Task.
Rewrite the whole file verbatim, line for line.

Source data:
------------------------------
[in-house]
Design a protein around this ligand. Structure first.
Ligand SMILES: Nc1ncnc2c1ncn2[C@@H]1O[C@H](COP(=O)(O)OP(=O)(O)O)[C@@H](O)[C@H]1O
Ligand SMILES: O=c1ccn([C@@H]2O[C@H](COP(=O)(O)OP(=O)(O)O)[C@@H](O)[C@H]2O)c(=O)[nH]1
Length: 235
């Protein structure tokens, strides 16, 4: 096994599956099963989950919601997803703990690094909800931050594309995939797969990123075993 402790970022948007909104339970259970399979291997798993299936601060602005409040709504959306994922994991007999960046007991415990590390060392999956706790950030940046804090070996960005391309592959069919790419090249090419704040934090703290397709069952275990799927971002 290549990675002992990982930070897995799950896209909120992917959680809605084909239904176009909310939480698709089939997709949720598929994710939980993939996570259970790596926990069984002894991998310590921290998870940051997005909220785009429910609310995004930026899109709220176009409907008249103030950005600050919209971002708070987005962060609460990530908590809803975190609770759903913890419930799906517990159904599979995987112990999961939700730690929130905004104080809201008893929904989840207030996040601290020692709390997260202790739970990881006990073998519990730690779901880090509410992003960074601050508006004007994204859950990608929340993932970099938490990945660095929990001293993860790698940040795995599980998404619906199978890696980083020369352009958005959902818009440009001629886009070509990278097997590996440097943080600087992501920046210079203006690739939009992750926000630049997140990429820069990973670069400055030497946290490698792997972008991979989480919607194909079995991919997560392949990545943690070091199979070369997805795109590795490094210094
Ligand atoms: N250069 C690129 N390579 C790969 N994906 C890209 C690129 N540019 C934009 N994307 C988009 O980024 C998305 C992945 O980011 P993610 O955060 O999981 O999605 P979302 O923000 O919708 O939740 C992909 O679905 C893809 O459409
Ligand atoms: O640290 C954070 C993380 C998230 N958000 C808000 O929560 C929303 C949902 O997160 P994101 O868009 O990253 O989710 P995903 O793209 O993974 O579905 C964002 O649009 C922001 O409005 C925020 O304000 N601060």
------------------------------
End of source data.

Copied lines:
[in-house]
Design a protein around this ligand. Structure first.
Ligand SMILES: Nc1ncnc2c1ncn2[C@@H]1O[C@H](COP(=O)(O)OP(=O)(O)O)[C@@H](O)[C@H]1O
Ligand SMILES: O=c1ccn([C@@H]2O[C@H](COP(=O)(O)OP(=O)(O)O)[C@@H](O)[C@H]2O)c(=O)[nH]1
Length: 235
């Protein structure tokens, strides 16, 4: 096994599956099963989950919601997803703990690094909800931050594309995939797969990123075993 402790970022948007909104339970259970399979291997798993299936601060602005409040709504959306994922994991007999960046007991415990590390060392999956706790950030940046804090070996960005391309592959069919790419090249090419704040934090703290397709069952275990799927971002 290549990675002992990982930070897995799950896209909120992917959680809605084909239904176009909310939480698709089939997709949720598929994710939980993939996570259970790596926990069984002894991998310590921290998870940051997005909220785009429910609310995004930026899109709220176009409907008249103030950005600050919209971002708070987005962060609460990530908590809803975190609770759903913890419930799906517990159904599979995987112990999961939700730690929130905004104080809201008893929904989840207030996040601290020692709390997260202790739970990881006990073998519990730690779901880090509410992003960074601050508006004007994204859950990608929340993932970099938490990945660095929990001293993860790698940040795995599980998404619906199978890696980083020369352009958005959902818009440009001629886009070509990278097997590996440097943080600087992501920046210079203006690739939009992750926000630049997140990429820069990973670069400055030497946290490698792997972008991979989480919607194909079995991919997560392949990545943690070091199979070369997805795109590795490094210094
Ligand atoms: N250069 C690129 N390579 C790969 N994906 C890209 C690129 N540019 C934009 N994307 C988009 O980024 C998305 C992945 O980011 P993610 O955060 O999981 O999605 P979302 O923000 O919708 O939740 C992909 O679905 C893809 O459409
Ligand atoms: O640290 C954070 C993380 C998230 N958000 C808000 O929560 C929303 C949902 O997160 P994101 O868009 O990253 O989710 P995903 O793209 O993974 O579905 C964002 O649009 C922001 O409005 C925020 O304000 N601060």